Rain Racing Tips for Karting from Racelab

Rain Racing Tips for Karting from Racelab

Some Simple Rain Driving Tips

It’s that time of year where you are more likely to see water on the track than rubber, and every time we see the water falling it’s the same chaos led by “Rain driving , What do I do now?” being frantically asked by racers of all levels. Now driving in the wet is an art and while I am more than happy to talk rain racing all day long I figure I’ll touch on the major pointers and give you some ideas of what works. If I give you all the tips then there is a pretty good chance you’ll get lost among them all so lets choose our battles here.

Chassis Set Up

In some cases not a lot is required depending on how good your rain tires are and how bad the conditions are. If you are in have rain then chassis adjustments will be necessary however if it is mild and the kart is turning in well then not much might be required.

Front End

An increase in caster will help with turn in as it helps get that “twist” in the frame and lifts the rear wheel.

Increasing the wheel width can also help with this as it will increase your turn in an aid with the rear wheel lift

Increasing the ride height on the front can also give you a little front end bite.

Rain Driving Tips Rain Driving Tips

By rotating the caster adjuster so that the Kingpin is          Inserting more spacers between the hub and
inclined all the way towards the rear of the kart will            the spindle will increase your front wheel width
give you max caster.

Rain Driving Tips

Removing the Kingpin and inserting
a spacer from the bottom of the spindle
to the top side will lower the spindle and raise the frame.

Rear End

The rule of thumb is to get the rear narrow however most rule books won’t let you go any more narrow than that of the the width of the rear bumper. So to clarify your best bet is to have the outside of your rim just about flush with the outside edge of the plastic bumper, I’d suggest going a few millimetres over incase the bumper shifts in action.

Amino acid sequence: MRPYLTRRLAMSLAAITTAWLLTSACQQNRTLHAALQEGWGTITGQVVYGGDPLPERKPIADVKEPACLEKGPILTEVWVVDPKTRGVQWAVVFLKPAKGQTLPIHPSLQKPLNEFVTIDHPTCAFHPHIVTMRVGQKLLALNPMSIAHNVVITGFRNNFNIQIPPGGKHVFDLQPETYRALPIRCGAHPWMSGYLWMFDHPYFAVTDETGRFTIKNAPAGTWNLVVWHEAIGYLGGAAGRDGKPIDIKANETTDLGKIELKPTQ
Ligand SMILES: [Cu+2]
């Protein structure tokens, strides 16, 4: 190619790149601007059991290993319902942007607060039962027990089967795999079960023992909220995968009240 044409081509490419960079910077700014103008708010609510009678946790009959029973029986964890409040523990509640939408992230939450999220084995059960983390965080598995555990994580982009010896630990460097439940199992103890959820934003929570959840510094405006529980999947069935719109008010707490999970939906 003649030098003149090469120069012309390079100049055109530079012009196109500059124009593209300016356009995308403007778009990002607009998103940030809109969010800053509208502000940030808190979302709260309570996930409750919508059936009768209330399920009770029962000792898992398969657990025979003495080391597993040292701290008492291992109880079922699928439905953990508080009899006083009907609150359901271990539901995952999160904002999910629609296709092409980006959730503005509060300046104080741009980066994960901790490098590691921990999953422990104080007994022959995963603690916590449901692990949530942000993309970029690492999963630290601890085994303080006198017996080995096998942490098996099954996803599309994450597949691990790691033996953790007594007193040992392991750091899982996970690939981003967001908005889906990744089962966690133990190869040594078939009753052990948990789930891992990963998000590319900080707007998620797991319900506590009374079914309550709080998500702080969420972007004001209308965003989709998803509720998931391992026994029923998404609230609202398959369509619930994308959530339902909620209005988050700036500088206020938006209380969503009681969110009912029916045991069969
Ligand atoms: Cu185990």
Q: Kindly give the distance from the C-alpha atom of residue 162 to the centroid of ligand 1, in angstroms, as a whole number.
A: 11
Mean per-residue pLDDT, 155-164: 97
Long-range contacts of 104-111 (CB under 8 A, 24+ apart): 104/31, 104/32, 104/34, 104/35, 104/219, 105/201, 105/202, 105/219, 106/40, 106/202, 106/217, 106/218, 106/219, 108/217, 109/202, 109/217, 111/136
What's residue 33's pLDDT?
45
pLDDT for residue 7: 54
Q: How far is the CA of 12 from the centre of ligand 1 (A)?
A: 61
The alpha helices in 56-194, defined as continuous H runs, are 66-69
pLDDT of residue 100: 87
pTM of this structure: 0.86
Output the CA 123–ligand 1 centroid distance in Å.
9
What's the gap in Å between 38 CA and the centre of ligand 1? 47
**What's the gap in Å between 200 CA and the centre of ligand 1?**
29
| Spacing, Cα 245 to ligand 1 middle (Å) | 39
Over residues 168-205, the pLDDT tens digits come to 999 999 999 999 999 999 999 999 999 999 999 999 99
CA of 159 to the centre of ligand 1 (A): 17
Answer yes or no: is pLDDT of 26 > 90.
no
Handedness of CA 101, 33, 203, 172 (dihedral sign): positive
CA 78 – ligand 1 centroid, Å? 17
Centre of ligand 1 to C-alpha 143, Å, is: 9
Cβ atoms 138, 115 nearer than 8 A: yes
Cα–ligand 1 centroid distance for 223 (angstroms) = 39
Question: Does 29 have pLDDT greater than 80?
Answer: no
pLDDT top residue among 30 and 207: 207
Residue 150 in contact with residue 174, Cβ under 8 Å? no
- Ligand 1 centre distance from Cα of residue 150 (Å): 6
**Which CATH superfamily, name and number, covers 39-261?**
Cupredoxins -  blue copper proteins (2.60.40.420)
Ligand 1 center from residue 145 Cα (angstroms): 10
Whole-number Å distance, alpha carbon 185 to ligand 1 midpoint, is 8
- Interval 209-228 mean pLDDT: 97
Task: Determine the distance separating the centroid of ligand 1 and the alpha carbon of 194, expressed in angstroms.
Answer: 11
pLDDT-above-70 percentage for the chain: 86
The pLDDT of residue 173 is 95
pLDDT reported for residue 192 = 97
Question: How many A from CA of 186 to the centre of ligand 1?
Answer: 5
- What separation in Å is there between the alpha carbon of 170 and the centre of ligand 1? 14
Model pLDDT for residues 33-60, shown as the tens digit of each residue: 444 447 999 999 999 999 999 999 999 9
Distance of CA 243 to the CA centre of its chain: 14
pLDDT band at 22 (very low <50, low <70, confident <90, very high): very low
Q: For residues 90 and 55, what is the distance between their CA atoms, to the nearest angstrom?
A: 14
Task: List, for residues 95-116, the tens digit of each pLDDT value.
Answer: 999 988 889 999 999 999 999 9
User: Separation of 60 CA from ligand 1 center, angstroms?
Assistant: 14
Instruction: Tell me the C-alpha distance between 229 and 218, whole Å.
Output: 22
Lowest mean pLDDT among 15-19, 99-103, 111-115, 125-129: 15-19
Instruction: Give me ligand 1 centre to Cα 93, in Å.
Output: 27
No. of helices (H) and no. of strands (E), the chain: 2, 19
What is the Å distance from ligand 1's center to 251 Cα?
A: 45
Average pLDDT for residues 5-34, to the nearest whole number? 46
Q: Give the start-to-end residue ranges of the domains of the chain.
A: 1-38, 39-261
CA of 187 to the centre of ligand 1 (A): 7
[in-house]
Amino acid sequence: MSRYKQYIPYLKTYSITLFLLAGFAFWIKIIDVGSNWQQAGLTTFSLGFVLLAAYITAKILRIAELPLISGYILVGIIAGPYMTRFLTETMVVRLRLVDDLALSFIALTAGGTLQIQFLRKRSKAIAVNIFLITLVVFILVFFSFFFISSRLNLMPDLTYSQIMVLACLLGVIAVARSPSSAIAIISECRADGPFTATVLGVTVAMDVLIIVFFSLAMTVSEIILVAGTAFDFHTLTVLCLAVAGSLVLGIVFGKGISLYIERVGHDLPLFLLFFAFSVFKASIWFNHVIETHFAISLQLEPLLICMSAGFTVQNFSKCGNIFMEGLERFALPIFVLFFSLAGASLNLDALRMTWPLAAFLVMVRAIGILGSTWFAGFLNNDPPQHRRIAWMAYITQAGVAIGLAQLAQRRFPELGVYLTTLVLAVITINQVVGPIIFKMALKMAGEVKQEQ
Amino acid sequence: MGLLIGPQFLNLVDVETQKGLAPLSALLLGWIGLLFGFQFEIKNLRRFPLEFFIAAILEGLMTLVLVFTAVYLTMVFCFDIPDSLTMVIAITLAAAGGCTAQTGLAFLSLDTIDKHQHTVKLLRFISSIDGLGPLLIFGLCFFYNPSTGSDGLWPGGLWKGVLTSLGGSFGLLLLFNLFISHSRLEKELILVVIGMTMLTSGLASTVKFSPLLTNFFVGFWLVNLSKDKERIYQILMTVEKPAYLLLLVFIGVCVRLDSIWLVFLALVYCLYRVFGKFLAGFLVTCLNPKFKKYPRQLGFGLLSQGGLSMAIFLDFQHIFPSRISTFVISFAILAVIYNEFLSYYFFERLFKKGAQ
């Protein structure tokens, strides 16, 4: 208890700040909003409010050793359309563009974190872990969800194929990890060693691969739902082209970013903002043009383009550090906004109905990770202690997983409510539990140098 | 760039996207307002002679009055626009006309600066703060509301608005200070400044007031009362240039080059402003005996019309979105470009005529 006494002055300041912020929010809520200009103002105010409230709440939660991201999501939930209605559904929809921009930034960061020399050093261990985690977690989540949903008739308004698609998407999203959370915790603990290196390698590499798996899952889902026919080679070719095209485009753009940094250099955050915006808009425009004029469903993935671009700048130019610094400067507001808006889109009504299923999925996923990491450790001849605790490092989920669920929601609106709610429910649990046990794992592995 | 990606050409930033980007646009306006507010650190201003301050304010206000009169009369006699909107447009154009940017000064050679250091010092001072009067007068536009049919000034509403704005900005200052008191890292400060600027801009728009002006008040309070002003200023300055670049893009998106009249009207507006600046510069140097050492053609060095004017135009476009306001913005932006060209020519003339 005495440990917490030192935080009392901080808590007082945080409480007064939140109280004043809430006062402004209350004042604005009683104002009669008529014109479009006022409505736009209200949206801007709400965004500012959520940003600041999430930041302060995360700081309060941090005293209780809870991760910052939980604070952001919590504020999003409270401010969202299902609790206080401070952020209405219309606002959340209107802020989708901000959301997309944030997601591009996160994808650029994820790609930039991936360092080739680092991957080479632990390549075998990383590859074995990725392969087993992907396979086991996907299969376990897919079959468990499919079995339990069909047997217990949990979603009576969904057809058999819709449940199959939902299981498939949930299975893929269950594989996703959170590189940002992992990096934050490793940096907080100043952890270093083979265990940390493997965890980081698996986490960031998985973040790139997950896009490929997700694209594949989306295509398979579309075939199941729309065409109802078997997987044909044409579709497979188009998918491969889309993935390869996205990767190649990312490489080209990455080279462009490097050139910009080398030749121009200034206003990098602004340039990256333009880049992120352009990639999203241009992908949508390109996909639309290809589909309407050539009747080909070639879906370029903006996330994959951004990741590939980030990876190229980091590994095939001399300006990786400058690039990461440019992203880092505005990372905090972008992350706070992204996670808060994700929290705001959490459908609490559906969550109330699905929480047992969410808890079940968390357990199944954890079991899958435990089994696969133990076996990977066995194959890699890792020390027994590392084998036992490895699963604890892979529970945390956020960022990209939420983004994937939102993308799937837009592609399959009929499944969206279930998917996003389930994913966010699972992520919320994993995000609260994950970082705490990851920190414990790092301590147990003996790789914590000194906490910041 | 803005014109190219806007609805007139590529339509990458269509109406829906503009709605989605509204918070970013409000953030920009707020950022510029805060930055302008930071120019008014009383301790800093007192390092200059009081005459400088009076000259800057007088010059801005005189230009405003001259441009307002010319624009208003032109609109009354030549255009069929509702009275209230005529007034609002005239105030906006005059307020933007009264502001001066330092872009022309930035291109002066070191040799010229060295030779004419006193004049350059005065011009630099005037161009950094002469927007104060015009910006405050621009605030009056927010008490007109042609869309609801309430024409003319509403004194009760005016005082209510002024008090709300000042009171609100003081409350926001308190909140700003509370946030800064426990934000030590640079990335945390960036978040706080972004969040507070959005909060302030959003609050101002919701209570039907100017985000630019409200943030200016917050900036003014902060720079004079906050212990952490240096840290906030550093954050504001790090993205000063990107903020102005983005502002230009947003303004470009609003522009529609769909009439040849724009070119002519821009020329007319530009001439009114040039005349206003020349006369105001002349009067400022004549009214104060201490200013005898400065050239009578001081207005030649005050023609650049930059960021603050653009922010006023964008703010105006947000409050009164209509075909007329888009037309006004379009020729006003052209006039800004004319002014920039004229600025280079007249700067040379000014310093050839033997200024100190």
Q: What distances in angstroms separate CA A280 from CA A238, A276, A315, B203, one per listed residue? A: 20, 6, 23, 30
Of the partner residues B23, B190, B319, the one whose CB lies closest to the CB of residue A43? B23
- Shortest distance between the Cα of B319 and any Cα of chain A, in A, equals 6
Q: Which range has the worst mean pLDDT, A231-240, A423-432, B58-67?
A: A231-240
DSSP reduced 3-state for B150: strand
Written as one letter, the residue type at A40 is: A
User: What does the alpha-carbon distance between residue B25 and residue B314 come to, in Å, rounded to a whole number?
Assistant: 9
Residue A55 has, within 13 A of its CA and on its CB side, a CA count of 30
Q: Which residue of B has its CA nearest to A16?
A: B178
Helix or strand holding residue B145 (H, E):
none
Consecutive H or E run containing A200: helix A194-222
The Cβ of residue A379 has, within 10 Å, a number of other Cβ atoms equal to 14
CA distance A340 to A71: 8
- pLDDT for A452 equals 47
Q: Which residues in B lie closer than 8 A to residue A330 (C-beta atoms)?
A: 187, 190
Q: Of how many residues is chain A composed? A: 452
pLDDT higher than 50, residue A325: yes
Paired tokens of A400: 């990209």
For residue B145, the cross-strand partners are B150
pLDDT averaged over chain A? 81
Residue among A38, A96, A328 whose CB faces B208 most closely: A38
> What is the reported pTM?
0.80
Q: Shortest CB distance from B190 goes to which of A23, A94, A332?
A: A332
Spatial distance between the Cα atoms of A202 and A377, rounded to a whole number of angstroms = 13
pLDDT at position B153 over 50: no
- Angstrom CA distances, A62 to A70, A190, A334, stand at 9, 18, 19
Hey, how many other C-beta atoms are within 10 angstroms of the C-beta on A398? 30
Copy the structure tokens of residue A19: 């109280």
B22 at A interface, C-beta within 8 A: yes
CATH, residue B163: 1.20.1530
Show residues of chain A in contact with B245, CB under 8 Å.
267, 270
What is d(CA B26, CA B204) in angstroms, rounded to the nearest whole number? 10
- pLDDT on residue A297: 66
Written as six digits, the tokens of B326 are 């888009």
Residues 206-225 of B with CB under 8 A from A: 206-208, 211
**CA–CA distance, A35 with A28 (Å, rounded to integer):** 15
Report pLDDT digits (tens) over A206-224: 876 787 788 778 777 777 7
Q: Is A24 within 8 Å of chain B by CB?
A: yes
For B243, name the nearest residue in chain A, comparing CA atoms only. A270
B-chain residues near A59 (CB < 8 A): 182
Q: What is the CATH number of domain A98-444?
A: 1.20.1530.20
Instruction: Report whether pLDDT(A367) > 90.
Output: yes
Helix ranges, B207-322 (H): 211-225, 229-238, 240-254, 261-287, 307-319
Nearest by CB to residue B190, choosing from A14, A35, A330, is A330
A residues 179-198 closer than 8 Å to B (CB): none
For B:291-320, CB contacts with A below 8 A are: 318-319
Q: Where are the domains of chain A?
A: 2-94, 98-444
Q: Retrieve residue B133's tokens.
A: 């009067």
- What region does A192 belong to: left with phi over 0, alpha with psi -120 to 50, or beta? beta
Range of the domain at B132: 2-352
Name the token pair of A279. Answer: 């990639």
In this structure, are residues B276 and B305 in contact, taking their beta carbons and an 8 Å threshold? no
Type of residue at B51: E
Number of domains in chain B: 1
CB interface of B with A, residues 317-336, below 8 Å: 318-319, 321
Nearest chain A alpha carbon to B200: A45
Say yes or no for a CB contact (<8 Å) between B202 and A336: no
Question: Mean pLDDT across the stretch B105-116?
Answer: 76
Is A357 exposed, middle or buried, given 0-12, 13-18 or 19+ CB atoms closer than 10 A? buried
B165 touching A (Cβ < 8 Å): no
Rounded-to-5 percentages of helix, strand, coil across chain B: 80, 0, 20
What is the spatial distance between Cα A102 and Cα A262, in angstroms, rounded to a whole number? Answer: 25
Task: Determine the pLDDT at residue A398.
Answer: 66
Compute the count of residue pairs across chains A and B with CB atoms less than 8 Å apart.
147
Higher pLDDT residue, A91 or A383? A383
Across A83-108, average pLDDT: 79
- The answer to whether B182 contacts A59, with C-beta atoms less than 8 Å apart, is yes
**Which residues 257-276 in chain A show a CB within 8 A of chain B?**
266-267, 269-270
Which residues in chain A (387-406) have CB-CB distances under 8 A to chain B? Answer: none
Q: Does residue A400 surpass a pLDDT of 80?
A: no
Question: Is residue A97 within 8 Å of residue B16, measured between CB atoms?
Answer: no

Some Key Tips

  • Increasing your gear helps. We even suggest having a spare clutch drum with a smaller drive gear ready to go in case you are limited for time and the heavens above open up on you as is how it usually goes giving you limited time to make adjustments.
  • Raising your seat up doesn’t hurt in most cases, again this is more of a heavy rain move as it will affect your centre of gravity which is most likely not desirable in light rain driving.
  • USE NEW RAIN TIRES!! you do it with slicks so why not rains? The same set of rains you used last year will not be fast this year, please just accept it. Without good rubber you can tune all day but you won’t achieve anywhere near what you would like to.
  • Keep the driver dry – A rain suit and some sort of waterproof rain footwear is key. Keep your driver warm between heats as well, you don’t want to be racing with a cold so it is important to take care of the most important asset your racing team has.
  • Helmet Care- “helmet care?” how does that work, well actually it does. Part of rain driving is seeing where you are going and any visual limitations are not good for seeing braking zones, other karts and is just flat out dangerous.  Molecule produces a great helmet care kit that has a Rain Repellant Spray, and Anti Fog and a Fabric Refresh for those water logged science experiments you have growing inside the helmet. The kit also includes a Cleaner / Polish that will get all of the mud and dirt stuck to your helmet leaving it looking new again.
  • Finally covering the airbox (intake silencer) is a good idea as well, with the ROK and IAME style airbox there are covers that can be found to cover the inlets or in a pinch an old 2 liter plastic Coke bottle will do just make sure there is an air inlet on the back of your new contraption or your motor won’t run. If you have a Rotax   then you want to get creative as the inlets are just above the frame rails so putting some plastic our some kind of shroud so water can’t kick up into their from the track would be ideal.

So now you have all of those ideas you can work with, I’d suggest spending as much time as possible working on the most important factor and that is the driver. If it’s grey and wet out, there is no excuse for not practicing, you should get out to the track and drive, drive and drive some more in the rain. I even suggest doing it on slick tires as this will teach you what you really need to know about rain driving. It will develop your “kart control” to an elite level in time.  This is a proven method to advance and possibly meet those expectations you had even running the used tires. Once these skills are achieved rain driving can become incredibly fun and possibly even more fun than driving in the dry, minus the wet cold socks.

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